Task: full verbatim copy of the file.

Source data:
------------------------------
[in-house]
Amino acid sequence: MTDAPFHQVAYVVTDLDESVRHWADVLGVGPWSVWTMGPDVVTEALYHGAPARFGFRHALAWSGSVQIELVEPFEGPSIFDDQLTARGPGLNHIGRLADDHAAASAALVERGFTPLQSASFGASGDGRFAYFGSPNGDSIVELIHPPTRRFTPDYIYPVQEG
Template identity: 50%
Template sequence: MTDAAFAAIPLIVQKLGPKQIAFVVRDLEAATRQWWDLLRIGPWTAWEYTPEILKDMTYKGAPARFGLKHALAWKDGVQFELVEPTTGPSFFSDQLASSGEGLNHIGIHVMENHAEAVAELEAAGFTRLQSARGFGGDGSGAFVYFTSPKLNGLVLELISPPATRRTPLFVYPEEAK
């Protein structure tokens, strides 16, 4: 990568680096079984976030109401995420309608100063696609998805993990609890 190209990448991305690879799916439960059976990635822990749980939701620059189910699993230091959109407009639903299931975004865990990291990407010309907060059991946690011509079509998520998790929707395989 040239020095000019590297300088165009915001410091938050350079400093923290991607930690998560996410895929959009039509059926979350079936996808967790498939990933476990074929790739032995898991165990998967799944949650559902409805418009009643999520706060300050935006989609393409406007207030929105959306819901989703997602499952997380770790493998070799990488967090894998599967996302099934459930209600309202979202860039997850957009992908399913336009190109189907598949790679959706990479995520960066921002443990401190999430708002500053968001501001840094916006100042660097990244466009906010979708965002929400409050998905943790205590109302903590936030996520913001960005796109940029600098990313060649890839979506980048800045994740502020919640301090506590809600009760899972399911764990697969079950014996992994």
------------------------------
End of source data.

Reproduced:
[in-house]
Amino acid sequence: MTDAPFHQVAYVVTDLDESVRHWADVLGVGPWSVWTMGPDVVTEALYHGAPARFGFRHALAWSGSVQIELVEPFEGPSIFDDQLTARGPGLNHIGRLADDHAAASAALVERGFTPLQSASFGASGDGRFAYFGSPNGDSIVELIHPPTRRFTPDYIYPVQEG
Template identity: 50%
Template sequence: MTDAAFAAIPLIVQKLGPKQIAFVVRDLEAATRQWWDLLRIGPWTAWEYTPEILKDMTYKGAPARFGLKHALAWKDGVQFELVEPTTGPSFFSDQLASSGEGLNHIGIHVMENHAEAVAELEAAGFTRLQSARGFGGDGSGAFVYFTSPKLNGLVLELISPPATRRTPLFVYPEEAK
């Protein structure tokens, strides 16, 4: 990568680096079984976030109401995420309608100063696609998805993990609890 190209990448991305690879799916439960059976990635822990749980939701620059189910699993230091959109407009639903299931975004865990990291990407010309907060059991946690011509079509998520998790929707395989 040239020095000019590297300088165009915001410091938050350079400093923290991607930690998560996410895929959009039509059926979350079936996808967790498939990933476990074929790739032995898991165990998967799944949650559902409805418009009643999520706060300050935006989609393409406007207030929105959306819901989703997602499952997380770790493998070799990488967090894998599967996302099934459930209600309202979202860039997850957009992908399913336009190109189907598949790679959706990479995520960066921002443990401190999430708002500053968001501001840094916006100042660097990244466009906010979708965002929400409050998905943790205590109302903590936030996520913001960005796109940029600098990313060649890839979506980048800045994740502020919640301090506590809600009760899972399911764990697969079950014996992994």